Catholic News Service
The trials and tribulations of a 1960s folk singer are chronicled in “Inside Llewyn Davis,” a dark comedy-drama set amidst the moody music scene of New York City’s Greenwich Village in the early years of that turbulent decade.
Brothers Joel and Ethan Coen, who directed and wrote the screenplay, were inspired by the life of genre legend Dave Van Ronk (1936-2002). Aesthetically, the product of the siblings’ collaboration is an absorbing, atmospheric odyssey with hummable music.
Regrettably, however, their script is chock-full of filthy dialogue and, worse still, freighted with misguided values concerning the sacredness of human life and the gift of sexuality.
It’s 1961, and Llewyn Davis (Oscar Isaac) is down on his luck. His musical partner has committed suicide, leaving Llewyn professionally adrift, struggling to find a new niche as a solo act. He has cut the eponymous album, the title of which mimics that of Van Ronk’s seminal 1964 recording, “Inside Dave Van Ronk,” but it’s going nowhere.
Winter has set in, and Llewyn, without money or even a warm coat, is on the streets. As he searches for gigs, he relies for shelter on the kindness of his pals all over Manhattan, his ex-girlfriend, Jean (Carey Mulligan), among them.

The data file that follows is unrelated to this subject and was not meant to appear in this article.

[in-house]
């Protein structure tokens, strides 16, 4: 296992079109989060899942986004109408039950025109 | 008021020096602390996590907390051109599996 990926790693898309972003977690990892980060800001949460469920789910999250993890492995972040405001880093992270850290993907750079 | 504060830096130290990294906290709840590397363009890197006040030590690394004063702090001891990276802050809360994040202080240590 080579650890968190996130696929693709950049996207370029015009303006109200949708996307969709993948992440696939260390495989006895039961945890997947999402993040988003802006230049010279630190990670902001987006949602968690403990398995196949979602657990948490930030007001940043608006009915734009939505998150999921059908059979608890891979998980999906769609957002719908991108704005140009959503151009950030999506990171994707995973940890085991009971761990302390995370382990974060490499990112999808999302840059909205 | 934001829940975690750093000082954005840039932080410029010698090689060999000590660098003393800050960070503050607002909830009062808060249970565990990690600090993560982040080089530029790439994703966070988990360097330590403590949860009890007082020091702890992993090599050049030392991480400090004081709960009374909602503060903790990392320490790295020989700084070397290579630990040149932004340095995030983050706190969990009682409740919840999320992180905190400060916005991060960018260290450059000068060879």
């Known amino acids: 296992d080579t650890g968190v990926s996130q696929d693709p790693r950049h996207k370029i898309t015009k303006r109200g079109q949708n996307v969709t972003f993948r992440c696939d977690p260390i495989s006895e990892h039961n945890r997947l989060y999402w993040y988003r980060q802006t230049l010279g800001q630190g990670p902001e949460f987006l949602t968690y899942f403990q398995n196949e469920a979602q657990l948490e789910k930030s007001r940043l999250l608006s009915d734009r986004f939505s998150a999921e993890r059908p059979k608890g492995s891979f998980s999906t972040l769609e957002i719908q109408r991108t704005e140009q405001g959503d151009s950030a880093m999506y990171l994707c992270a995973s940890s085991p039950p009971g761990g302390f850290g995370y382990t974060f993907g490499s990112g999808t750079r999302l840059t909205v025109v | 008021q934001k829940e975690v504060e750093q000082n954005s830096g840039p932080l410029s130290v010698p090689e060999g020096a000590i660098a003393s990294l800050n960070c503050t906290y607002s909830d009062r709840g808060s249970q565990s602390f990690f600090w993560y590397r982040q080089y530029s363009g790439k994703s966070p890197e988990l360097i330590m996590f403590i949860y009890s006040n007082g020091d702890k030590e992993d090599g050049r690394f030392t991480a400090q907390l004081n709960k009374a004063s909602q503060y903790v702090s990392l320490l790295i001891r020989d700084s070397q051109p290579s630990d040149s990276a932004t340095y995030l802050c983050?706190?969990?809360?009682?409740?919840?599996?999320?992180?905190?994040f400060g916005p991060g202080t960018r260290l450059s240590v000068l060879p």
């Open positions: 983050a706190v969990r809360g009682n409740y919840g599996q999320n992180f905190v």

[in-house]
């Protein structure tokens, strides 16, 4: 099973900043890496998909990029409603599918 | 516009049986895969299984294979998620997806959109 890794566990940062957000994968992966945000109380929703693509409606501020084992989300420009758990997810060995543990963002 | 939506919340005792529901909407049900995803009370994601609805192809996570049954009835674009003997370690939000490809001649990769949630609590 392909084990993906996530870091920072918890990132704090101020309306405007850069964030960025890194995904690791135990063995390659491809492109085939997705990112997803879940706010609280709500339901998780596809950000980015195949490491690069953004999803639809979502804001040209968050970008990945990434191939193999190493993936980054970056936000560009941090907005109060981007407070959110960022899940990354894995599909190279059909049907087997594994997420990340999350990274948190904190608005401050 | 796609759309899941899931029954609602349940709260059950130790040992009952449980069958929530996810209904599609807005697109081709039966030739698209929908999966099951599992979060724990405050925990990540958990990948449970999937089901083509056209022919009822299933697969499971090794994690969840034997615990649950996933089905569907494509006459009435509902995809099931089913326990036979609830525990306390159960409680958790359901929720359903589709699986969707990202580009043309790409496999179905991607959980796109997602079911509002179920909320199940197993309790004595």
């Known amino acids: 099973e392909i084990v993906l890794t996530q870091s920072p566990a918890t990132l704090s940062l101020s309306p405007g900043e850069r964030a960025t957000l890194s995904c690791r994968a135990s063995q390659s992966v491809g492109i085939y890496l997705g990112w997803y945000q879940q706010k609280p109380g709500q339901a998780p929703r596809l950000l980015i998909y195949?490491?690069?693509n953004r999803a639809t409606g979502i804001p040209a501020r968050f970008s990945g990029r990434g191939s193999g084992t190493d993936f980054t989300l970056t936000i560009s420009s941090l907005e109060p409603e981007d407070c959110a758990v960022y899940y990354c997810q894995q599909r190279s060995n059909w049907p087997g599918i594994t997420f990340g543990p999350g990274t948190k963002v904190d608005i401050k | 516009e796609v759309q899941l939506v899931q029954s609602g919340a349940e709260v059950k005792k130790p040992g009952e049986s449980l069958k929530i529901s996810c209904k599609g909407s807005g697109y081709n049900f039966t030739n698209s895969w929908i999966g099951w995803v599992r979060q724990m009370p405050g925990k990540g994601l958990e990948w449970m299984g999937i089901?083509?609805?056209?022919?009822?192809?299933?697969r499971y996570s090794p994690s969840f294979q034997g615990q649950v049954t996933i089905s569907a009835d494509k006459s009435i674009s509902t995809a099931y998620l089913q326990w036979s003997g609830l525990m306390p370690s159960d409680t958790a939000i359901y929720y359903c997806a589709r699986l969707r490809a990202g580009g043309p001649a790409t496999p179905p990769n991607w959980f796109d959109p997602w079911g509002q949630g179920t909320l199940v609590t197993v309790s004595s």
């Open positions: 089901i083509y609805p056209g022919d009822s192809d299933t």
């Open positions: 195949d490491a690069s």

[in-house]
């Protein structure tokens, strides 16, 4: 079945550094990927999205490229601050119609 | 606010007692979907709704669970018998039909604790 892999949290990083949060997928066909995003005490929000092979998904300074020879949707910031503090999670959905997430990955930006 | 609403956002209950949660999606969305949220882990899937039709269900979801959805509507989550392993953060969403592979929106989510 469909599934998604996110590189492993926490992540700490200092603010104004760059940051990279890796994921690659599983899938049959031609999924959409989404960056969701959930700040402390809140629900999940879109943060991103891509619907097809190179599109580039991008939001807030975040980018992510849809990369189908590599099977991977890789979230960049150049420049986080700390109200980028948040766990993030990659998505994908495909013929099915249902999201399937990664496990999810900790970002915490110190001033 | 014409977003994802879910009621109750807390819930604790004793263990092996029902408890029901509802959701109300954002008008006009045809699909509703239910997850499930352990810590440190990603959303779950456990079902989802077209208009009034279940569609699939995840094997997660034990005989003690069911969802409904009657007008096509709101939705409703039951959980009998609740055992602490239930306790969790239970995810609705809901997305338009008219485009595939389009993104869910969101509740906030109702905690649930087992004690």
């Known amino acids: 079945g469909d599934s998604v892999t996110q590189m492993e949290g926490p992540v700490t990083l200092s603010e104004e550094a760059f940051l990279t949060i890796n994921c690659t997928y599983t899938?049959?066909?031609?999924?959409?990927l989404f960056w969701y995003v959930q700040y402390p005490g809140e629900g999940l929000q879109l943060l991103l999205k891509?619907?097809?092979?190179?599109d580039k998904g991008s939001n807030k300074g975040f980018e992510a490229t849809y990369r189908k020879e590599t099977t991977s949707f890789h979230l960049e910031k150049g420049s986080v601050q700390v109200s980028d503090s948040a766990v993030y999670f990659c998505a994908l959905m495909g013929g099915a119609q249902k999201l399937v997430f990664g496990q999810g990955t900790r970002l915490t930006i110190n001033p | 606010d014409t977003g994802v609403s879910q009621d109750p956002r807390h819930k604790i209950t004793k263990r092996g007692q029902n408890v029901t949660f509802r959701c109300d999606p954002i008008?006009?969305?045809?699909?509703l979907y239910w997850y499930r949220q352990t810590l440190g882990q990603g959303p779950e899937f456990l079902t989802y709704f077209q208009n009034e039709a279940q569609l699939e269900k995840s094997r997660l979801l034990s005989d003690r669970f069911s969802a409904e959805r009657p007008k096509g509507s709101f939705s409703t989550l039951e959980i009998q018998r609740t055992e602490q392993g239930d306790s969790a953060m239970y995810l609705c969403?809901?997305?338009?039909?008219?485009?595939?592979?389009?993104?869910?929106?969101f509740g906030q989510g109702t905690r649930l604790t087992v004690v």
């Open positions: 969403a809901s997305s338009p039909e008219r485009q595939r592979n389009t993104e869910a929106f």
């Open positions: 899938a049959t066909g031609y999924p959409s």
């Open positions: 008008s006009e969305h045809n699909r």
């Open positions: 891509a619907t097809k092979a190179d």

Jean is in love with her musical partner, Jim (Justin Timberlake), but she’s carrying Llewyn’s baby. Jean wants out, as does Llewyn, so he arranges for her to have an abortion.
We learn that Llewyn has made such arrangements before for other girlfriends. He is staggered to discover, however, that one of them did not go through with the destruction of her baby after all. Consequently, he has a 2-year-old child out there, somewhere.
While this brief pro-life moment is refreshing, the revelation does not appear to change Llewyn’s self-absorbed ways, nor does it convince him to persuade Jean to change her mind.
Llewyn’s edgy musical style is out of step with the more popular, clean-cut folk singers. So he decides on a change of venue.
With an orange tabby cat as his new best friend, Llewyn bums a ride to Chicago with two dodgy characters: Johnny Five (Garrett Hedlund), a beat poet, and Roland Turner (John Goodman), a jazz musician and heroin addict.
Neither the Windy City nor his newfound companions turn out to be what Llewyn was hoping for, though, and he soon finds himself back in his original down-and-out situation. To the strings of the ballad “Fare Thee Well,” our antihero must choose between a bleak future in music or a mundane job with a steady paycheck.
For all but one of his offspring, by contrast, there is no future to worry about.
The film contains a benign view of abortion, promiscuity and contraception, drug use, pervasive crude language and some sexual banter. The Catholic News Service classification is O, morally offensive. The Motion Picture Association of America rating is R, restricted. Under 17 requires accompanying parent or adult guardian.